Reykjanes Peninsula

y Windswept villages

y Volcanic landscapes

Yes, the Reykjanes Peninsula is home to the famous Blue Lagoon, but locals know it’s also a land of fishing villages and lonely lighthouses, dramatic cliffs and migrating seabirds. You’ll find Reykjavikers hiking or ATV-ing along its mineral lakes, volcanoes, beaches and rugged lava fields.

R

Reykjavík & Around

Day Planner

Day One

MExplore the historic Old Reykjavík quarter, taking in the Ráðhús (city hall) and Alþingi (parliament) at lake Tjörnin, then peruse the city’s best museums, such as the impressive National Museum, Reykjavík Art Museum or The Settlement Exhibition, built around a Viking longhouse. Lunch at hip Nora Magasin, or grab a beer at Café Paris.

RWander up arty Skólavörðustígur, shop for the latest Icelandic music at 12 Tónar, then photograph immense church Hallgrímskirkja. Then stroll Laugavegur, with shops such as Kiosk and Kraum, or bookshop Mál og Menning. Alternatively, take a dip at Sundhöllin then examine the extraordinary Icelandic Phallological Museum.

NEnjoy people-watching and drinks at Bravó or Kaldi. Restaurants such as Vegamót, Public House and KEX turn into night-time party hang-outs, perfect for joining Reykjavík’s pub-crawl djammið. Don’t miss favourite Kaffibarinn or beer-lovers’ Skúli Craft Bar. Wrap up with a late-night dance session at Kiki, Prikið or Paloma.

Day Two

MAfter a late night out, brunch at Bergsson Mathús, Grái Kötturinn or Laundromat Café. Then head over to the Old Harbour for its museums, such as the Víkin Maritime Museum or Saga Museum, and a whale-watching tour. If sailing the open seas gets you hungry for lunch, grab a grilled fish skewer at Sægreifinn.

RVisit Laugardalur, east of the centre, for a soak at the geothermal pools, gardens, idyllic Café Flóra and cool art. Or rent a bike and ferry out to historic Viðey Island, where you can cruise between art installations and fishing-village ruins.

NBook ahead for a swanky evening at a top Icelandic restaurant, such as Dill, Messinn or Matur og Drykkur, then hit a cocktail bar such as Apotek, Slippbarinn or Loftið. Alternatively, try Reykjavík’s most revered hot dogs at Bæjarins Beztu, then catch a show at Harpa or Mengi, an Icelandic movie at Bíó Paradís or live music at Café Rosenberg or Húrra.

Day Three

MIf you’ve got the time and can rent your own wheels, you can extend these country loops. Day tours are also a popular, effective option. Get an early start with the famous Golden Circle. Explore the rift and historic parliament site Þingvellir then lunch in Laugarvatn on delicious local fare at Lindin.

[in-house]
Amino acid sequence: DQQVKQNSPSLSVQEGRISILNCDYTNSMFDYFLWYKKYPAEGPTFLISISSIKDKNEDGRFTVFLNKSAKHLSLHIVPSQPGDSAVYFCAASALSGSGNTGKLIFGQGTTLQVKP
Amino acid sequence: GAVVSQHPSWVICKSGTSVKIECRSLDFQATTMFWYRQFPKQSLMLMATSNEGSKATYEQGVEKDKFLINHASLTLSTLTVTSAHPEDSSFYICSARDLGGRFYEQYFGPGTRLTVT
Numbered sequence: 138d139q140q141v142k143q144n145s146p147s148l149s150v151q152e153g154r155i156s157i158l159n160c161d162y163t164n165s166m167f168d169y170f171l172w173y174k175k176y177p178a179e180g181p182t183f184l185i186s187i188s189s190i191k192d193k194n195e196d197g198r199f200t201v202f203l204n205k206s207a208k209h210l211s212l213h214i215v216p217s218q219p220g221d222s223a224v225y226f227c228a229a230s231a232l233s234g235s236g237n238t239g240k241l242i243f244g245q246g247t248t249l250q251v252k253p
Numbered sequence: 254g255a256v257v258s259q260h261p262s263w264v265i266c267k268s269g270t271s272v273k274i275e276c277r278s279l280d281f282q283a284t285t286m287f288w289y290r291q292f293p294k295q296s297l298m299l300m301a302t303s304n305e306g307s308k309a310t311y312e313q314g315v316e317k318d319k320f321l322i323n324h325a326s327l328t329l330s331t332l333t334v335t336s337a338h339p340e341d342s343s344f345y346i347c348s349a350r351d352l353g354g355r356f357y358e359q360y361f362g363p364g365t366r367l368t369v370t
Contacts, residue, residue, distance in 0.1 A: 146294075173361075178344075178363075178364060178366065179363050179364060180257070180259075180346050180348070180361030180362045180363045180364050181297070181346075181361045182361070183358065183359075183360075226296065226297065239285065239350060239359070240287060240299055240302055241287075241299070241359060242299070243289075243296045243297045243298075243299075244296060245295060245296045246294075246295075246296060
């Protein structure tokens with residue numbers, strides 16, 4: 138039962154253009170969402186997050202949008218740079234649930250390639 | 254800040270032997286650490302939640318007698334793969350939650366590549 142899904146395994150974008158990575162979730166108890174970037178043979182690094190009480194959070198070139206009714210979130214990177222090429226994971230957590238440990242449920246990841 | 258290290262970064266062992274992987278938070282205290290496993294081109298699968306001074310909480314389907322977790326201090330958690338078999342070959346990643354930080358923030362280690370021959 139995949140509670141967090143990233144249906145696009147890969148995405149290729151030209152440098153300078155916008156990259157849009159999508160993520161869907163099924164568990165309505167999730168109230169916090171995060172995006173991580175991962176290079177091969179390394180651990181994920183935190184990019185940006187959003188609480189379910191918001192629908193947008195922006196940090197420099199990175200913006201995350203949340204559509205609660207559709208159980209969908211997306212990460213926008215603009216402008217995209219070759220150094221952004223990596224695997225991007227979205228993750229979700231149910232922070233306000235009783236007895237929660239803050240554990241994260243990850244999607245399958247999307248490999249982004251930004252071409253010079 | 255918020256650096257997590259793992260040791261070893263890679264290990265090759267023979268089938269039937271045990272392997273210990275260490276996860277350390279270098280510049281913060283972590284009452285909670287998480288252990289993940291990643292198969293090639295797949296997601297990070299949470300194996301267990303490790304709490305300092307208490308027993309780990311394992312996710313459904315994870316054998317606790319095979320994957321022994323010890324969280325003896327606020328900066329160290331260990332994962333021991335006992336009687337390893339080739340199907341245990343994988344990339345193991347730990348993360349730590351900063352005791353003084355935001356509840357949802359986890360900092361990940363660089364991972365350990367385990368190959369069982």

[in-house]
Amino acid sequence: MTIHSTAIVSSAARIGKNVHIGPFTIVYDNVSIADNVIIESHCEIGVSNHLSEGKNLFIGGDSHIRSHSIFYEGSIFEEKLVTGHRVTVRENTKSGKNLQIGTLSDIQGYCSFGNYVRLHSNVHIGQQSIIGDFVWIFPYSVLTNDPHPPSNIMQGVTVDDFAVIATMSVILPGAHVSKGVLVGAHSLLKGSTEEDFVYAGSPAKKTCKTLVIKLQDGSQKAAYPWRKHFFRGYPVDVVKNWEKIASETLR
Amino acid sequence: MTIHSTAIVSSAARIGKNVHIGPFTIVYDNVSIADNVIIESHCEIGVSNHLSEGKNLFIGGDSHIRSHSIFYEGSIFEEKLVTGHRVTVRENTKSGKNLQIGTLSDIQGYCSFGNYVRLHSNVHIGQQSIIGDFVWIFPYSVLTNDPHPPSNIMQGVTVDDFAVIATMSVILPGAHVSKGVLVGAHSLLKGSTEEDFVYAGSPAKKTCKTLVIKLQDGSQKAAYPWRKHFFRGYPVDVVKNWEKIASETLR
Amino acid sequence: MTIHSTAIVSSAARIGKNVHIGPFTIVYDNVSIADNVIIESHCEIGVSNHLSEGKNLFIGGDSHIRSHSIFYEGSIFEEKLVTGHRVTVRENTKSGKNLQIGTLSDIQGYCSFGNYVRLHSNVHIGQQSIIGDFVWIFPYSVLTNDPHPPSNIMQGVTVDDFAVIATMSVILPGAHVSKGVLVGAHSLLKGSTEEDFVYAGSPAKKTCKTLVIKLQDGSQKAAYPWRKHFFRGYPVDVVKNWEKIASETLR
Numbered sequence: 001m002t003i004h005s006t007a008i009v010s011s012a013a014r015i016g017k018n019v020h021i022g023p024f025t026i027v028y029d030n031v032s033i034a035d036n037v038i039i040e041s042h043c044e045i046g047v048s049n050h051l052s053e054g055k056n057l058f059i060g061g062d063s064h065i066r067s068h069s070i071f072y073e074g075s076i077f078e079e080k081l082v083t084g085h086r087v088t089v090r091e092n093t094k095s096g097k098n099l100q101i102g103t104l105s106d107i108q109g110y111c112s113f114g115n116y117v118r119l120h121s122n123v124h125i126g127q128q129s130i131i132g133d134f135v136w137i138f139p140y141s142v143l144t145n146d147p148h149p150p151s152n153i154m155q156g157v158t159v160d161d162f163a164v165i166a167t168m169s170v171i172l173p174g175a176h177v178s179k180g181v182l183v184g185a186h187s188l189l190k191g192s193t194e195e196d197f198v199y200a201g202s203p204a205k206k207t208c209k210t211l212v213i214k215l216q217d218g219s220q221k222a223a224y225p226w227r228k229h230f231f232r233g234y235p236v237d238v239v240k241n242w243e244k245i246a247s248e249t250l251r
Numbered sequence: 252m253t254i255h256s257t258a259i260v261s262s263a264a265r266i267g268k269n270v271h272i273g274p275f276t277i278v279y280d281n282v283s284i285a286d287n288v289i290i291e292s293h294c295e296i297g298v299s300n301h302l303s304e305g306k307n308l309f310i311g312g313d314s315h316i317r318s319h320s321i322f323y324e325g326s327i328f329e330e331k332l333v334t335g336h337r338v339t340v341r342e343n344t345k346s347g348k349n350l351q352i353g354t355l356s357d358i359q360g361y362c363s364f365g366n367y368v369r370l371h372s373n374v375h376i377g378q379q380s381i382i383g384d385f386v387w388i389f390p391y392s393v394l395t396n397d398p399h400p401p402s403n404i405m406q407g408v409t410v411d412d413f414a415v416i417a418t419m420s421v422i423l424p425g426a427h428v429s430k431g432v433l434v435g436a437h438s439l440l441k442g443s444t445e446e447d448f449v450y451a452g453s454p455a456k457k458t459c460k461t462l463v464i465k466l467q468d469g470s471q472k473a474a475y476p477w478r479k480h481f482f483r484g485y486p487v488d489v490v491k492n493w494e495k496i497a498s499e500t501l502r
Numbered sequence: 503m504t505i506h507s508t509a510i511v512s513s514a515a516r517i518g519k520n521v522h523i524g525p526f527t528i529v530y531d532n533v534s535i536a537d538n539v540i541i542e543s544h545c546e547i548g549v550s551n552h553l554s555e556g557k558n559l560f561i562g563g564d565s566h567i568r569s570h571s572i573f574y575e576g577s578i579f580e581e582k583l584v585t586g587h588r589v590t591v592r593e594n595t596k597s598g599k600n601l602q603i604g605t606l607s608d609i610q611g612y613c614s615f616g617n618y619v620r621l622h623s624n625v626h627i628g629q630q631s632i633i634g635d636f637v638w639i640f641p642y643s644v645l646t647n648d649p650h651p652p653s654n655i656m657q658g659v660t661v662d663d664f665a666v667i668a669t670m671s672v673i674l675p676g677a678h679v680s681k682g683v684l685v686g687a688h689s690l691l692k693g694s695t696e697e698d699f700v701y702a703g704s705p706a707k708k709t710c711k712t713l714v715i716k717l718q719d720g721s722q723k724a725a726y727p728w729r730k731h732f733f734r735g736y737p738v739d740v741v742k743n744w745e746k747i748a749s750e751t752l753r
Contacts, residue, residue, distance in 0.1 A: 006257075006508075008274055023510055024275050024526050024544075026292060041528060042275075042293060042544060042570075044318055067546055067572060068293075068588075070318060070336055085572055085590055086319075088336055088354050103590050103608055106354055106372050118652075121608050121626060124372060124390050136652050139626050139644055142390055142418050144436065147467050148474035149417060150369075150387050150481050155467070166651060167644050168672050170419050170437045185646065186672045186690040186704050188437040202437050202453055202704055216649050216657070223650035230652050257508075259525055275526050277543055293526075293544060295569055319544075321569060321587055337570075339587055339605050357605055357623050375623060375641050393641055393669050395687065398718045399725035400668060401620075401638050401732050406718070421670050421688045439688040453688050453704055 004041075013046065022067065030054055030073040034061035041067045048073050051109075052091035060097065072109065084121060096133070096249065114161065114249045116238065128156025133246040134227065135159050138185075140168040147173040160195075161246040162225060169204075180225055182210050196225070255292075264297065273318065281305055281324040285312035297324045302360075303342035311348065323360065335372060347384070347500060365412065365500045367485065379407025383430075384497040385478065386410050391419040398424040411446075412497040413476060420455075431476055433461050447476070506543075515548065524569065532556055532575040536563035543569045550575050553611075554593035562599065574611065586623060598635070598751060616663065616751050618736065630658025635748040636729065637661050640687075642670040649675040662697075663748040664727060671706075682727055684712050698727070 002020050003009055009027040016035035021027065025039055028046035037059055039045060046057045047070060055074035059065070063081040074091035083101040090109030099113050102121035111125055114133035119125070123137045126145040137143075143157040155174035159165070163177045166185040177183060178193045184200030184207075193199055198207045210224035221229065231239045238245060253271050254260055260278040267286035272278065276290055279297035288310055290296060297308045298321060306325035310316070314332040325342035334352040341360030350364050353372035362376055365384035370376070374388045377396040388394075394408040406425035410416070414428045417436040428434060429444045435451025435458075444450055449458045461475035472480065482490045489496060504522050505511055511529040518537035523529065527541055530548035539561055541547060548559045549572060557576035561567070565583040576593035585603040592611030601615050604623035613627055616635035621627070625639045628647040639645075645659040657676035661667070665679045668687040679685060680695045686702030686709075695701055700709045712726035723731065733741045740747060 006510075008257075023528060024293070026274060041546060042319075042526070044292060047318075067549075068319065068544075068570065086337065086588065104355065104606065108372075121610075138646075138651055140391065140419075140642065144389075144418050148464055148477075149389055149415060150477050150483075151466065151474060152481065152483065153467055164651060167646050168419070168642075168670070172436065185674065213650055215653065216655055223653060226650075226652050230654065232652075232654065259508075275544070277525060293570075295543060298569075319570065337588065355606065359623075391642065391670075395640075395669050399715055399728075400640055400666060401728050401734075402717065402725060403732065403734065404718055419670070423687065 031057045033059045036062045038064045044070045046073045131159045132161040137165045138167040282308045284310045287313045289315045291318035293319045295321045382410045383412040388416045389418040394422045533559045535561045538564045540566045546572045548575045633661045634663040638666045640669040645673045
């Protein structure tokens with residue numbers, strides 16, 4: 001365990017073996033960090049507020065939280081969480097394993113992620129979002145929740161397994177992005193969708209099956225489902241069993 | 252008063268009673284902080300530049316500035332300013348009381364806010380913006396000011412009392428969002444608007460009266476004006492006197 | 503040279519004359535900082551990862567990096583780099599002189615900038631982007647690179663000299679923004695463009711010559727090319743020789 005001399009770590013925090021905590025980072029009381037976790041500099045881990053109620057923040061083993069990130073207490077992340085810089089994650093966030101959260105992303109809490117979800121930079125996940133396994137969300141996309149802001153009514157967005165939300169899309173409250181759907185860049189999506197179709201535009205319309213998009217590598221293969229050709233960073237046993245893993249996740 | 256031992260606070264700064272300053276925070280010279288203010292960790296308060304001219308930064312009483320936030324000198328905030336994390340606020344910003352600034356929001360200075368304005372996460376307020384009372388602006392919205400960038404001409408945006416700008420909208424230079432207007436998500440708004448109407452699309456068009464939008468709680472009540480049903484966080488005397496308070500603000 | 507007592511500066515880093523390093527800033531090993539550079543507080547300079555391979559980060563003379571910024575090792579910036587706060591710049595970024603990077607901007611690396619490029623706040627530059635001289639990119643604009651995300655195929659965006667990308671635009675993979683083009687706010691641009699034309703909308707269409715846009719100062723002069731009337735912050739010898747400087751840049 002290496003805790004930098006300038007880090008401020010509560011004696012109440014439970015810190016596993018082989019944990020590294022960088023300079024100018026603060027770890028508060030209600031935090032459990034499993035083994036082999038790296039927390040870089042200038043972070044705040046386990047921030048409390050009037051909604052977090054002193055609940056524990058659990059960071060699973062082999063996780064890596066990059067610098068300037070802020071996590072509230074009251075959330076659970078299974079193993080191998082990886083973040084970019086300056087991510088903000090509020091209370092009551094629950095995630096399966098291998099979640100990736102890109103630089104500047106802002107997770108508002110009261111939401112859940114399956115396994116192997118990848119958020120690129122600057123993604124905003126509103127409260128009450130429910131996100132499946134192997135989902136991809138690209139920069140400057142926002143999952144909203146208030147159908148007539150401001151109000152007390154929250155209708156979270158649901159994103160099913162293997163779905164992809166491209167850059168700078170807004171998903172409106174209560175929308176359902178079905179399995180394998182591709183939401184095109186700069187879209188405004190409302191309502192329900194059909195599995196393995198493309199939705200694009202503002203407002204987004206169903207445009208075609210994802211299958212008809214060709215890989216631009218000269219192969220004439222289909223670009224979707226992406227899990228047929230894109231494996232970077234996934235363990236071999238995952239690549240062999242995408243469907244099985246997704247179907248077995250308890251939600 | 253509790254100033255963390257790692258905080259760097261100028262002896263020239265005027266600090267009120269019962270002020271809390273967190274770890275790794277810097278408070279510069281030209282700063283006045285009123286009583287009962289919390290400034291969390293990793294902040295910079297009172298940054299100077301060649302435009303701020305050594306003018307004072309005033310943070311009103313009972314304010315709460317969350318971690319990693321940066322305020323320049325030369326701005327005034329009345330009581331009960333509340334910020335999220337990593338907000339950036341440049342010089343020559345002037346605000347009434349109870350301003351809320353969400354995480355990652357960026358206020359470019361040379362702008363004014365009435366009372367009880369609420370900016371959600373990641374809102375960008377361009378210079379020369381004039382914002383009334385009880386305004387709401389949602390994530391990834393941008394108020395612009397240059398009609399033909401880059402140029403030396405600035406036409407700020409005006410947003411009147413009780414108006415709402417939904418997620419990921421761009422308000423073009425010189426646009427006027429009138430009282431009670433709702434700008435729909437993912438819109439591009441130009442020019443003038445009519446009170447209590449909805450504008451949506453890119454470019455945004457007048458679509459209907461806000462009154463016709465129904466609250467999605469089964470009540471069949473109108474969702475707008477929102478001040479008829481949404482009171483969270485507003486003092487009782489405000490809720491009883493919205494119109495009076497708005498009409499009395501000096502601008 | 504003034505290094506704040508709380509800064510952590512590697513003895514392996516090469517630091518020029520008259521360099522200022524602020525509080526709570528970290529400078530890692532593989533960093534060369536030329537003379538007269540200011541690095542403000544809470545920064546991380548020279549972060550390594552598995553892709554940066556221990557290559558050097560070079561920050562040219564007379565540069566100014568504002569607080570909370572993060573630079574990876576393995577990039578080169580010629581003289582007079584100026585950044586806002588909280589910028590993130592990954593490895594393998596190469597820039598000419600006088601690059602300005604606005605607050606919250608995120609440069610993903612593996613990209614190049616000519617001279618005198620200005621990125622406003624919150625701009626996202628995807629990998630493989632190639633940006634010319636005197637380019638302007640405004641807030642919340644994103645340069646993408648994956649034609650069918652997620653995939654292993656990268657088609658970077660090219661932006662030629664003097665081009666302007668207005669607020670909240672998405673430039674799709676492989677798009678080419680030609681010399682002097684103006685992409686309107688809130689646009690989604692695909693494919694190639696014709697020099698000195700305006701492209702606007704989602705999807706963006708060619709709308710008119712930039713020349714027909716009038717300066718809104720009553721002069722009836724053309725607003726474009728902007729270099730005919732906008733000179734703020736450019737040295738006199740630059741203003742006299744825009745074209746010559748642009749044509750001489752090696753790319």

RStroll around the spouting Geysir and the thundering cascade Gullfoss. If possible, leave time for river rafting out of Reykholt or a soak at the natural, restored spring at Gamla Laugin in Flúðir.

NIf you’re tired, head home, stopping for dinner at Tryggvaskáli in Selfoss or Varma in Hveragerði. If not, use your car to go to the shore for seafood at sleepy fishing villages Stokkseyri and Eyrarbakki. Or, if you haven’t the time to visit the Blue Lagoon coming or going from the airport, go late this evening, after the crowds have dwindled, before returning to Reykjavík.

Day Four

MChoose between the wonderful West or the famous South. If you’re going to West Iceland, spend the morning at Borgarnes’ Settlement Centre learning about Icelandic history and Egil’s Saga. If you’re heading South, drive to Hella or Hvolsvöllur for horse riding, or zoom all the way to Skógar via its marvellous falls Seljalandsfoss & Gljúfurárbui. Catch an amphibious bus or join a super-Jeep trip to Þórsmörk, a forested valley, or take a guided walk on Sólheimajökull.

RIn the West, choose between exploring inland lava tubes at Viðgelmir and the interior of a glacier at Langjökull, or hiking, whale watching and glacier walking in Snæfellsjökull National Park. In the South, shoot out to Vík for black basalt beach Reynisfjara and enormous rock arch landmark Dyrhólaey.

NIn the West, finish with dinner in Grundarfjörður at Bjargarsteinn Mathús or Stykkishólmur at Plássið or Narfeyrarstofa. In the South, barrel up the northeast coast, through otherworldly deltas and grand buttes, to the incredible glacier tongues descending from Vatnajökull, and fantastical glacier lagoon Jökulsárlón.

Need to Know

Currency

Icelandic króna (kr)

Language

Icelandic; English widely spoken

Visas

Generally not required for stays of up to 90 days. Member of the Schengen Convention.

Money

Credit cards reign supreme, even in the